Fifth District Survey of Manufacturing Activity

June 23, 2015 10 a.m.

Manufacturing Sector Activity Grew Modestly; New Orders Picked Up and Backlogs Increased

Overview

Fifth District manufacturing activity grew modestly in June, according to the most recent survey by the Federal Reserve Bank of Richmond. The volume of new orders picked up, while order backlogs increased. However, shipments remained flat in June. Manufacturing employment continued to rise at a modest pace, while average wages grew moderately. Prices of raw materials and prices of finished goods rose at a faster pace in June.

Manufacturing executives anticipated positive business conditions during the next six months. Manufacturers expected faster growth in shipments and in the volume of new orders. Additionally, producers expected order backlogs to grow more quickly and looked for increased capacity utilization. Survey participants anticipated unchanged vendor lead times.

Manufacturers expected faster growth in the number of employees and looked for average wages to accelerate in the six months ahead.  They expected a modest rise in the length of the average workweek. In addition, producers expected faster growth in prices paid and in prices received during the next six months.

Current Activity

Manufacturing activity increased modestly this month, with the composite index moving to a reading of 6 from last month's reading of 1. Shipments remained flat, while the index for new orders advanced nine points, reaching a reading of 11. Manufacturing hiring continued to grow at a modest pace this month. The indicator gained one point to finish at a reading of 4 in June.

Capacity utilization rose nearly on pace with last month. The index slipped one point to a reading of 6. Backlogs increased, moving the index to 6 from a reading of −10 a month ago. Vendor lead time lengthened slightly, with that index edging up one point to 7. Finished goods inventories rose more quickly than a month ago. The index gained 10 points to end at 31. However, raw materials inventories rose only slightly faster. That gauge moved up one point to 23.

Employment

Manufacturing employment continued to grow at a modest pace in June, with the index climbing one point to finish at a reading of 4. The average workweek grew on pace with last month; the index moved down one point to end at 5. Average wages rose nearly on pace with a month ago; the index lost three points to finish at a reading of 17.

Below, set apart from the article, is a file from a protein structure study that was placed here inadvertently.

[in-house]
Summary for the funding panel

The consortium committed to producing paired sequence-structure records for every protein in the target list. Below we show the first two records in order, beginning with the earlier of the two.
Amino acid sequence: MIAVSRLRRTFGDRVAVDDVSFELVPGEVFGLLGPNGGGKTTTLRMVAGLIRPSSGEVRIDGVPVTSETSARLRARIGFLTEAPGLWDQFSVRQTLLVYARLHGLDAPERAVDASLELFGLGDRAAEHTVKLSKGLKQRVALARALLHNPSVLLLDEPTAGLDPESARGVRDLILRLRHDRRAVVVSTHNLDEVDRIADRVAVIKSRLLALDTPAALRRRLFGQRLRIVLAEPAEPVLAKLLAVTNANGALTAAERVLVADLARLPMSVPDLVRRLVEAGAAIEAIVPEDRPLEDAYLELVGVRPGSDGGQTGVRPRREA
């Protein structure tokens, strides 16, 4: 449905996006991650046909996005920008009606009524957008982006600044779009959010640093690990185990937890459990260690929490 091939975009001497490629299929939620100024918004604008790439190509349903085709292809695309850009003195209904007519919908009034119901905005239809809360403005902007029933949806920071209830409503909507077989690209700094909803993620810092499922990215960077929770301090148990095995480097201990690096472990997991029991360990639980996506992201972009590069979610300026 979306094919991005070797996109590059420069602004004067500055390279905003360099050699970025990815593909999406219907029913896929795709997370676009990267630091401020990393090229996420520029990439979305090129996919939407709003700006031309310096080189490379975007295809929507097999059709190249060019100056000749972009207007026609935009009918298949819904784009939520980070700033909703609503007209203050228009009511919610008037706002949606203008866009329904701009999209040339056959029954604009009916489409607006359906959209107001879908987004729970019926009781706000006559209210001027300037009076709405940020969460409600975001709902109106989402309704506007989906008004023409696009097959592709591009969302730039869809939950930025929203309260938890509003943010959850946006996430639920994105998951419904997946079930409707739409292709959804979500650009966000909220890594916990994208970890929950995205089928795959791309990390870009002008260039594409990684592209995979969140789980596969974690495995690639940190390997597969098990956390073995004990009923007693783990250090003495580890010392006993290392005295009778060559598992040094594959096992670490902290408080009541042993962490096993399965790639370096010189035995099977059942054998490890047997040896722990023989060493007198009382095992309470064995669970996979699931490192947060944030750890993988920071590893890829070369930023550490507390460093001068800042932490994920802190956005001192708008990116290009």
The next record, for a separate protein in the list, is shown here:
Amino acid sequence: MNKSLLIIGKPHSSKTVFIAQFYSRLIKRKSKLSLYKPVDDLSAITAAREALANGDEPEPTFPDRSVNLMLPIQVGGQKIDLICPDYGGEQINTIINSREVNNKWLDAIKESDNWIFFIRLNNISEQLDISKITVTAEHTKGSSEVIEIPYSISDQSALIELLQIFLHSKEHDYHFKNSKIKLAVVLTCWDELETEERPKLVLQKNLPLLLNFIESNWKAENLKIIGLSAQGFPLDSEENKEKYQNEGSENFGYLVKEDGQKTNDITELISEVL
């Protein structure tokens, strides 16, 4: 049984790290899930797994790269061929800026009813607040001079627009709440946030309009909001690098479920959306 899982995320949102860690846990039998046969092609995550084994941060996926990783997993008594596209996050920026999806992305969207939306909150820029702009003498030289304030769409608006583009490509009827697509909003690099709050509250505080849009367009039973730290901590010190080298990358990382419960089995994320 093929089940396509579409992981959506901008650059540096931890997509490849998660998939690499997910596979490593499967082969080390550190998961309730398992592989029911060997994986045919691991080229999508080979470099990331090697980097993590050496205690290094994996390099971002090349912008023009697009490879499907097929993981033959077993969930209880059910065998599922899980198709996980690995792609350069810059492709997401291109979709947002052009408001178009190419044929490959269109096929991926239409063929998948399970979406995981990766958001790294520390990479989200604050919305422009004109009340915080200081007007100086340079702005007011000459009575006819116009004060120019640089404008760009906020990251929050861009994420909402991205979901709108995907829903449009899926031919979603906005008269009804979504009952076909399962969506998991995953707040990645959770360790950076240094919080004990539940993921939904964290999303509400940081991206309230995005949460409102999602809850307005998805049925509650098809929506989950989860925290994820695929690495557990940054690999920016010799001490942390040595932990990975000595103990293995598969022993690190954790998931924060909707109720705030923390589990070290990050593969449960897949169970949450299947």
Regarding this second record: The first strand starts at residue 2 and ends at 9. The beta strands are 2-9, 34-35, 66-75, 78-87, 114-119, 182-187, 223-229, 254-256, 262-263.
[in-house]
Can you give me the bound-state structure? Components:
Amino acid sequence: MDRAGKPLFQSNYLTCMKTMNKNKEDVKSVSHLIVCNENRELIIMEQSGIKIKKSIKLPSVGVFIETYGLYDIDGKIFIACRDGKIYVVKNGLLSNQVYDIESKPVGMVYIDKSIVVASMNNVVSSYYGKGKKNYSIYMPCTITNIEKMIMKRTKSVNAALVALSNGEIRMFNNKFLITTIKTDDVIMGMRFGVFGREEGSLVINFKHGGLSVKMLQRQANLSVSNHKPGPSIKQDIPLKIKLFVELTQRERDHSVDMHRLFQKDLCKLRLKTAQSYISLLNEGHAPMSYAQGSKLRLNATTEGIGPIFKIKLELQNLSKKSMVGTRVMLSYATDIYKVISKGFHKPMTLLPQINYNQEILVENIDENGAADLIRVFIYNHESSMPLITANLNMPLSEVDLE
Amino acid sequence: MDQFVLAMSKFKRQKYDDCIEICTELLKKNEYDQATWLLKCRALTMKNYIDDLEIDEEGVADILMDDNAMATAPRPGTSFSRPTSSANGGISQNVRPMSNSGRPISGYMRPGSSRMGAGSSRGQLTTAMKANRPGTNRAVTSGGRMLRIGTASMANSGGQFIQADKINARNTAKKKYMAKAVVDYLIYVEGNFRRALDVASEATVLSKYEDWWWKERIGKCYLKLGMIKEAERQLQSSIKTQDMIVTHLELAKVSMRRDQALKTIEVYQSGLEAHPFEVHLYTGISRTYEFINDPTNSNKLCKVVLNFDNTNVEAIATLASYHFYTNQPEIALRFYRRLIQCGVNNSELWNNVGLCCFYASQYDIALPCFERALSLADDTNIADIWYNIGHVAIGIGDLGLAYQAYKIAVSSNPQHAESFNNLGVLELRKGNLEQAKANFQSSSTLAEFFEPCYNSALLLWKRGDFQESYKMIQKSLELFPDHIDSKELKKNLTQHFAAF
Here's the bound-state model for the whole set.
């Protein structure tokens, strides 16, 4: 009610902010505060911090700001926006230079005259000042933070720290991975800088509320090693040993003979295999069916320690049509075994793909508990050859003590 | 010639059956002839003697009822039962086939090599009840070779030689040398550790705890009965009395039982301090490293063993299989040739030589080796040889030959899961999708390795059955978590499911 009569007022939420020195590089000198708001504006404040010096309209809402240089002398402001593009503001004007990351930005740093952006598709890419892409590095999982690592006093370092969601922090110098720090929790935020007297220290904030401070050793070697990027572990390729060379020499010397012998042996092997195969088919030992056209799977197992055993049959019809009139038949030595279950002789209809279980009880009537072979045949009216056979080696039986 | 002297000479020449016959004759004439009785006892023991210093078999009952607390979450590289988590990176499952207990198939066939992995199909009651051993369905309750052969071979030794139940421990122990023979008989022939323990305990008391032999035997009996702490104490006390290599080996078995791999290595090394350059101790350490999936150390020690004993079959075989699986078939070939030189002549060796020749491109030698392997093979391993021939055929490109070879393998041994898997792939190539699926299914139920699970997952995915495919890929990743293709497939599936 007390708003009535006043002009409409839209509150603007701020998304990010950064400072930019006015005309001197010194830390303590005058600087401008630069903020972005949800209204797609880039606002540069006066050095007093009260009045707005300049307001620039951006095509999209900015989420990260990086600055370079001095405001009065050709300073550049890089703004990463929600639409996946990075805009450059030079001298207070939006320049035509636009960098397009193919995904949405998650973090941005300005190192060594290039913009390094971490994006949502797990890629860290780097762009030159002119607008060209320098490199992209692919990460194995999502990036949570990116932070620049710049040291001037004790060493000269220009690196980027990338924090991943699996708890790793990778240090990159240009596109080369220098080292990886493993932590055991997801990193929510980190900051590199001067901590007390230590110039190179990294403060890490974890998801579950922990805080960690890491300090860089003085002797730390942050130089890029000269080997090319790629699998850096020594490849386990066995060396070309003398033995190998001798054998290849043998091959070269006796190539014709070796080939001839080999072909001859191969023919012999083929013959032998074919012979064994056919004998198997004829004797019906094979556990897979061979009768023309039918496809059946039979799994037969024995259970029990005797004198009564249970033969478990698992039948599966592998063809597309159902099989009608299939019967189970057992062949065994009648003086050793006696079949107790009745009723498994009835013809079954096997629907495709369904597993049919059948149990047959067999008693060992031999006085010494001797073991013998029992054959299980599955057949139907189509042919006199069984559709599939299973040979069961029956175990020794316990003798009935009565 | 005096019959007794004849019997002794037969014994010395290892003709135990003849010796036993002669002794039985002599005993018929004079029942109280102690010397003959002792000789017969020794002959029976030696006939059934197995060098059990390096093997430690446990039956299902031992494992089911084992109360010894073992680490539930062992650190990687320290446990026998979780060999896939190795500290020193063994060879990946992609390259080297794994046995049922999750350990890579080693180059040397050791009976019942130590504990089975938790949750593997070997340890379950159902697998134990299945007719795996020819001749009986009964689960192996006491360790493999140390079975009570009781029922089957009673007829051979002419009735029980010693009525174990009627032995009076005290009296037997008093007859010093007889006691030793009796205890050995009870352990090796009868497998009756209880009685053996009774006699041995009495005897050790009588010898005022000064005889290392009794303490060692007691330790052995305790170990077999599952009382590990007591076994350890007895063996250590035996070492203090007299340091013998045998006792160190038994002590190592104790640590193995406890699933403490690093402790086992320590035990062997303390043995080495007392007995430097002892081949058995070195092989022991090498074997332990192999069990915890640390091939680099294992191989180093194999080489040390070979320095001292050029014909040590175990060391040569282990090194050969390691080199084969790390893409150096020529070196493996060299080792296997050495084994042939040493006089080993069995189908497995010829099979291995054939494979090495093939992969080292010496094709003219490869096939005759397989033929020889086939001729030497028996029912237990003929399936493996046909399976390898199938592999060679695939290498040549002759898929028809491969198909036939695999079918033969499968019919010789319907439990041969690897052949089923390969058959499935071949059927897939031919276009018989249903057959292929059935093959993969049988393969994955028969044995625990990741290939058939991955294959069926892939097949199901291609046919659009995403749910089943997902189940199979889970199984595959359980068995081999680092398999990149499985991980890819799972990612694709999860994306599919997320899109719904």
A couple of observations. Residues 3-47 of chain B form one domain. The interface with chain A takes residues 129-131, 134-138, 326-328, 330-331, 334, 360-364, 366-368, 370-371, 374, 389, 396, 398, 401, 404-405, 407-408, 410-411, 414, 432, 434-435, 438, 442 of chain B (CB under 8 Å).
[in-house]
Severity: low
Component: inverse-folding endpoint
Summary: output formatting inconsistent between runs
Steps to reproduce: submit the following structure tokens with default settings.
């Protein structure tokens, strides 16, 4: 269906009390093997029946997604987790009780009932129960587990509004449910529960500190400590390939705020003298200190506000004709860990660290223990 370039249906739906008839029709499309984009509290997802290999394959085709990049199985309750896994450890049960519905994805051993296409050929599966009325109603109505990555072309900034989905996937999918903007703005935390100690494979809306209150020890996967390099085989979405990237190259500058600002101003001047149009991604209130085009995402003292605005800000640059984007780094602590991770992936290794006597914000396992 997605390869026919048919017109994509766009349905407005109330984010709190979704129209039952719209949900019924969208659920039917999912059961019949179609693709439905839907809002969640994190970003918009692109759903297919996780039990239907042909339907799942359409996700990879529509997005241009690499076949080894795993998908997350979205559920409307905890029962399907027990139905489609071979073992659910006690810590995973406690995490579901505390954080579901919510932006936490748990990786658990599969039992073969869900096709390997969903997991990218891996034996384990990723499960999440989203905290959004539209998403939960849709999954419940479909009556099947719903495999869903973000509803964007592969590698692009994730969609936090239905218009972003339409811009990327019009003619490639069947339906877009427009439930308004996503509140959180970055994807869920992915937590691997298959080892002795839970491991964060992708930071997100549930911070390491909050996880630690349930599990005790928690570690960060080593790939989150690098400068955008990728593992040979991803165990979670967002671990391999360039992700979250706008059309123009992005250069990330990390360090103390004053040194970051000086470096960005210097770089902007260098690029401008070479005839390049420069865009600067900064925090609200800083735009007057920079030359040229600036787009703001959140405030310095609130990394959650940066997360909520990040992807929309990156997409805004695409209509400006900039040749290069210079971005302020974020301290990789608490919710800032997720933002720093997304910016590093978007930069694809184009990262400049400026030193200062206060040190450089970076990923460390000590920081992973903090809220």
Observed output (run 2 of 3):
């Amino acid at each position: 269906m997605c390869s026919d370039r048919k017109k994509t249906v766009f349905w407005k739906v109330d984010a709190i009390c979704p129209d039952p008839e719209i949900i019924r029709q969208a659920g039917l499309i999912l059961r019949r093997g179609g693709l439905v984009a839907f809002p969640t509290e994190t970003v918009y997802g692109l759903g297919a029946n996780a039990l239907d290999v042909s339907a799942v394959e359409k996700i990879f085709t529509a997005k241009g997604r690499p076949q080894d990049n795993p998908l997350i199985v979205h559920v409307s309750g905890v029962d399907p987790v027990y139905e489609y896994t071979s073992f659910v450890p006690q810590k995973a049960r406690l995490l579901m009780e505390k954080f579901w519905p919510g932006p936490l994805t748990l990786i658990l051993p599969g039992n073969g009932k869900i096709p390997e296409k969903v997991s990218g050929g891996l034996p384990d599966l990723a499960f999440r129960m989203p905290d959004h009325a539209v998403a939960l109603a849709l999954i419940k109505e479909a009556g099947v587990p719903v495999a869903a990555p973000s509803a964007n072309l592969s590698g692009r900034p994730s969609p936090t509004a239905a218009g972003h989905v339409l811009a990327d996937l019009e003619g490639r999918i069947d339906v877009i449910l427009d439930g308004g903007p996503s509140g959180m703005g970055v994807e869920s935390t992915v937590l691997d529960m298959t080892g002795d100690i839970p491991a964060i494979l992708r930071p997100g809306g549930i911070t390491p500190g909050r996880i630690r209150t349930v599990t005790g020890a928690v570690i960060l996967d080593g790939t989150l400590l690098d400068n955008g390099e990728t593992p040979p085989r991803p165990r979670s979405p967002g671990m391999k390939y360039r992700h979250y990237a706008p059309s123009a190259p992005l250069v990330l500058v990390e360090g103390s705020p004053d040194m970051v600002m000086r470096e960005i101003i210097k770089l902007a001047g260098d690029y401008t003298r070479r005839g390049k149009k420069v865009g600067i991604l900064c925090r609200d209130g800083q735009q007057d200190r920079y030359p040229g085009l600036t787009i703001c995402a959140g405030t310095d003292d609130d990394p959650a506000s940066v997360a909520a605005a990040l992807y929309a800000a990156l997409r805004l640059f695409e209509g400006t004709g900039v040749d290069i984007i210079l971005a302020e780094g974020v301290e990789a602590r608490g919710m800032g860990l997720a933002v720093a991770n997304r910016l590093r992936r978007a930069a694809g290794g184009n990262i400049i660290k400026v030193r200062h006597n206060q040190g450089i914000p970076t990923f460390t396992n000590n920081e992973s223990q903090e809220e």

Expectations

Manufacturers anticipated better business conditions in the next six months, with steady growth in shipments and in the volume of new orders. Compared to May's readings, the index for expected shipments strengthened to 38 while the outlook index for new orders edged up two points to end at 35.

Survey participants expected backlogs would build more quickly in the next six months. The May outlook index softened three points to finish at a reading of 13. Firms anticipated vendor lead times would remain the same in the months ahead. Producers expected capital spending would continue to rise at a strong pace. The index ended at a reading of 23. The index for future capacity utilization gained three points to end at 28.

Manufacturers expected to increase hiring in the six months ahead. The index for the expected number of employees settled at a reading of 15 compared to the May reading of 18. The index for expected average wages remained solid, finishing at 32, and the expected average workweek gauge gained two points to end at a reading of 14.

Prices

Prices of raw materials rose at a faster pace in June, advancing at an annualized 0.92 percent rate, compared to a 0.70 percent pace in May. Prices of finished goods rose at a 0.52 annualized rate, above May's 0.38 percent pace.

For the six months ahead, survey respondents expected input prices would rise somewhat more quickly, at an annualized 1.48 percent rate, following May's expectation for 1.47 percent growth. Finished goods prices were expected to rise at an annualized 0.87 percent rate, compared to the previous expectation for 0.93 percent growth.

Survey Participation, Report, and Data Questions

Jeannette Plamp
Associate Regional Economist
(804) 697-8152